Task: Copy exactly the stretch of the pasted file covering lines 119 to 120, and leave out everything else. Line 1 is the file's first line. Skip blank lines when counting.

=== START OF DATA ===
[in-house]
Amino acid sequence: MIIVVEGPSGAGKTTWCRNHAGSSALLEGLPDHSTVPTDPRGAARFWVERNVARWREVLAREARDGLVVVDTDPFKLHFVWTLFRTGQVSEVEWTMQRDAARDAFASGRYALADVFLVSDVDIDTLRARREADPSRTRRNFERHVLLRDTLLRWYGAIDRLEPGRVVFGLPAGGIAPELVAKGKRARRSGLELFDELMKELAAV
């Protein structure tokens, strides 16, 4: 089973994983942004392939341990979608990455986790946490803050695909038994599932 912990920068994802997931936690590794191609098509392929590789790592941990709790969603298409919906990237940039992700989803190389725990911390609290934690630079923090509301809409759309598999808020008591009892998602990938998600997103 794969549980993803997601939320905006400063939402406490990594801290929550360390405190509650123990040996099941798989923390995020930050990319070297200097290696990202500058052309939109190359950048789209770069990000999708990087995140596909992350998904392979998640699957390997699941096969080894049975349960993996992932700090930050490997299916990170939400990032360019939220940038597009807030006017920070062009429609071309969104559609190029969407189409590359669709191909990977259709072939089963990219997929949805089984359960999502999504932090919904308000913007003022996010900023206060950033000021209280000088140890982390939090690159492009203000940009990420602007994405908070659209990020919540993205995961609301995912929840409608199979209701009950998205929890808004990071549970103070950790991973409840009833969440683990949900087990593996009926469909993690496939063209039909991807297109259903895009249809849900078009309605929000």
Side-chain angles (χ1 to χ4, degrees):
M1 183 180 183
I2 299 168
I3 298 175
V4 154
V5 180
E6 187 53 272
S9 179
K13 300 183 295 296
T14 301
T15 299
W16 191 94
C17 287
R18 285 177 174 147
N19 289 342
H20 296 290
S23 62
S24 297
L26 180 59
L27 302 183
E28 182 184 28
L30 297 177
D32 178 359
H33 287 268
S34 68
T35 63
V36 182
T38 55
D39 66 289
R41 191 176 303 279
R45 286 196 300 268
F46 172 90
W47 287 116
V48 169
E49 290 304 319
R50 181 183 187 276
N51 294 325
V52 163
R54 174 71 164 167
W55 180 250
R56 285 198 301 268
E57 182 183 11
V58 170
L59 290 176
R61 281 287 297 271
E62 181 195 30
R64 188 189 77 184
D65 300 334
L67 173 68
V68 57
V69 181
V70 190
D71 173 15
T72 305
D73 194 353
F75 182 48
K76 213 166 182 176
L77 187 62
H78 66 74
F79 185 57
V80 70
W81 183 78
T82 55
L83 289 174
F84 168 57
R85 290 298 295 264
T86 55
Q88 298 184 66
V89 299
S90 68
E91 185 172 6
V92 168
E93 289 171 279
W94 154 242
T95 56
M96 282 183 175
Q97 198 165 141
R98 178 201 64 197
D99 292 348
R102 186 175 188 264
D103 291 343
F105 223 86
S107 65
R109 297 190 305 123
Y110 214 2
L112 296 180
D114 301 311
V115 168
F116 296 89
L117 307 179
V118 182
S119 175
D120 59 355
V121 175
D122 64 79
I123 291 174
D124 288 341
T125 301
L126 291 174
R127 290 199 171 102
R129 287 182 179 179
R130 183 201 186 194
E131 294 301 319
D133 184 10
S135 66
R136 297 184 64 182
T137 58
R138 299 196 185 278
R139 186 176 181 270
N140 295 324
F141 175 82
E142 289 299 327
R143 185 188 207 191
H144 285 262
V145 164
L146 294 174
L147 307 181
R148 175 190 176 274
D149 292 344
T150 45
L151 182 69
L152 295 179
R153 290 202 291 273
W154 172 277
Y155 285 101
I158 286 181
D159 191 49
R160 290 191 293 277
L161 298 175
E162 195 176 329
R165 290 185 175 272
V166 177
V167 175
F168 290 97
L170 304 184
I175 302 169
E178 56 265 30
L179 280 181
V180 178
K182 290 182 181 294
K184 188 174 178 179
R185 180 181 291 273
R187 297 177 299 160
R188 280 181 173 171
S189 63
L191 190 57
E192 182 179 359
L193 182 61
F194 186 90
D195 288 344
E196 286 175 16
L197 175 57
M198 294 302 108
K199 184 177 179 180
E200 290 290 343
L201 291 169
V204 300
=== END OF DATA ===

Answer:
L146 294 174
L147 307 181